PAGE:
Upvoted is a publication based around happenings on Reddit. Three days ago they featured an article about Gnoms after it recently enjoyed another spike of popularity (and close to 100,000 new views).
Before you rush out to get matching Cintiq tablets, check out the pilot that Adelaide-based animator Brendan Deboy—who goes by NotBrenAgain on Reddit—created in 2014 with his daughter Avalie, who was just one year old at the time:
The pilot features a quartet of drum- and synth-voiced worms who start a dance party near an innocent gnome named “Red” and a slumbering bear (named “Bear”). When the furry beast inevitably wakes up, the party worms rescue the young gnome with their infectious beats.
On Sunday night, this promising first episode—and a five-minute sequel from 2015—caught the attention of Reddit’s Videos community—and prompted many redditors to ask Deboy when the (intentionally misspelled) series Gnoms would be a full-fledged show.
After the minor success of the first one (success meaning people didn’t hate it) in conjunction with the many positive comments I received across several different forums, I felt coerced via aggressive flattery to embark upon on the colossal undertaking that was Gnoms episode two.
This episode is quite a bit longer than the first and was much more involved on a technical level. As a result, I’m a little mentally drained on the AfterEffects front, and am looking forward to some time off of the whole animation thing for some good ol’ fashioned drawing. It’s been a big few months.
As much as I like the Gnoms world, this is currently just a hobby and will likely be the last episode I produce until I’m actually getting paid for this endeavor in some capacity. Or, y’know, people leave really, really nice comments again.
Because my recent site update cleared any record of this project, and because I enjoy tirelessly flogging old work , I re-present to you one of my most ambitious endeavours of 2013-2014; Gnoms: A cartoon I created with my 1 year old daughter as a result of my frustration with some very average children’s TV.
As the YouTube video description will attest, I created this to prove a couple of things to myself; first of all, that it’s actually quite easy to think of kid’s show ideas. I’ve sat in on numerous meetings during which a table of adults rack their brains to find an answer to that million dollar question; “what do kids like?” For me the answer has always been obvious: Most of the same things adults like. If I find something funny (e.g. a character getting annoyed at something that won’t be quiet) then chances are it’s not going to take much effort to make that funny for a kid as well.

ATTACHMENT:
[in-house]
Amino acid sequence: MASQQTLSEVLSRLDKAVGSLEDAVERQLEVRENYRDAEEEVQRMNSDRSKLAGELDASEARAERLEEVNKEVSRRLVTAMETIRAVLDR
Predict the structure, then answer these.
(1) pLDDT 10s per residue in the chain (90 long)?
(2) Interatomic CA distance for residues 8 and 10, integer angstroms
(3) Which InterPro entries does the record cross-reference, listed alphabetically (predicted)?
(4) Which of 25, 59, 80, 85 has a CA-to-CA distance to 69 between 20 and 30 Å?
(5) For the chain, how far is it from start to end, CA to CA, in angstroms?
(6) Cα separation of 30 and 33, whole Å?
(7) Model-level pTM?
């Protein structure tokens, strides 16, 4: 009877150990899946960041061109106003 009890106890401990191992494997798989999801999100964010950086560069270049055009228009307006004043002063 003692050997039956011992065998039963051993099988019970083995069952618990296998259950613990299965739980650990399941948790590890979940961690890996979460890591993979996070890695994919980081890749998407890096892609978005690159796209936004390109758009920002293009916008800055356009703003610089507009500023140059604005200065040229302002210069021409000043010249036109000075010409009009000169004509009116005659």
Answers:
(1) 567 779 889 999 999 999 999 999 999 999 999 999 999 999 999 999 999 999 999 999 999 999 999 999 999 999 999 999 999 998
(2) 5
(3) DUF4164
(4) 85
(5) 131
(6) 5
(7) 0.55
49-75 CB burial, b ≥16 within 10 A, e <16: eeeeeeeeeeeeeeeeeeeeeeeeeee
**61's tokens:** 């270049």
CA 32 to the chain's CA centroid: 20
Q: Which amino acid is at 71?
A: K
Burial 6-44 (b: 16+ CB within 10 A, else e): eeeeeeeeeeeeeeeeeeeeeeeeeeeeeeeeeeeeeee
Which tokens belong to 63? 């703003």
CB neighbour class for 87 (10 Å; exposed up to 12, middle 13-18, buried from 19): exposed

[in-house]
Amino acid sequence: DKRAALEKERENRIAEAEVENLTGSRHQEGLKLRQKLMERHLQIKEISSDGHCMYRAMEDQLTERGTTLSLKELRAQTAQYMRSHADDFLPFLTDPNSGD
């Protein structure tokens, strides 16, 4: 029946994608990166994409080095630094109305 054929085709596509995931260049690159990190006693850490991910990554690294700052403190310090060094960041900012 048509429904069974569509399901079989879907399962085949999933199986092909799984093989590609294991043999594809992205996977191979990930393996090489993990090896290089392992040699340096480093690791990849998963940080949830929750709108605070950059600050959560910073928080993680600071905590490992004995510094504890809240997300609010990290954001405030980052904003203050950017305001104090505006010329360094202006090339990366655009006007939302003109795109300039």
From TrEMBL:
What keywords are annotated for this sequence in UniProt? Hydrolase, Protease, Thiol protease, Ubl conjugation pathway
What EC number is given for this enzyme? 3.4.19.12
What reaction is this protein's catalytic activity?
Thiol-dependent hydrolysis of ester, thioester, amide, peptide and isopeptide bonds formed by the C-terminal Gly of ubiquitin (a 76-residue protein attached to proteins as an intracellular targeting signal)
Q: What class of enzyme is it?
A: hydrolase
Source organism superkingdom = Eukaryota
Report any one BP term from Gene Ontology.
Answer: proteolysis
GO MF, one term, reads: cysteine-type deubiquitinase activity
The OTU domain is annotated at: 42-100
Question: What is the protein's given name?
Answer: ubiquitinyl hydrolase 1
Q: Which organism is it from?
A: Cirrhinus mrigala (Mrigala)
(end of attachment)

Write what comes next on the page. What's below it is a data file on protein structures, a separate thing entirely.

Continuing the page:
I had one simple target to hit: My own personal preference. If I made something I thought was fun, cute and interesting, chances are someone else will find it fun, cute and interesting too. Are my tastes are so avant-garde that they run the risk of transcending the appreciation of the YouTube bourgeoisie? If you could see my list of favourited videos, you’d realise that the answer to that question is a resounding “no.”
I may have fluked it this time, but I’ve been quite encouraged by several comments on both my YouTube channel and Reddit post:
“The 19 year stoner me thinks this is awesome. The 37 year old sober father of two would watch this with his kids… “
“As an asshole, an animator and father of a 1 year old I was so ready to hate on this, but it was actually very enjoyable.”
“PLEASE MAKE MORE I LOVED IT I COULDN’T STOP LAUGHING. (male age 20)”
“My son keeps asking when the next ones will follow. He’s still watching Red every day… But he wants more :-)”
“Great work Brendan! My son made me watch it 10 or more times in a row.”
- michael cooper
“I’m 20 years old and i would like more of this please :D”
- Omar S
“I’m 24 years old… and must agree with Omar :D”
- Stockwell Haines
The second thing I wanted to prove was this: In theory, If you’re willing to put the work in, it’s possible to create something TV worthy entirely on your own. It’s a myth that to successfully create something appealing, you require large teams and a big budget. I made this entirely with programs that cost me no more than $50 a month.
Is this state of the art animation? No. Does it have mindblowing FX? No. Does it need to? No.
Having said all this, it’s quite possible that what I made here is both a bad idea as well as being poorly produced. I’ll let you be the judge:
Writer, director and artist living in Adelaide, South Australia.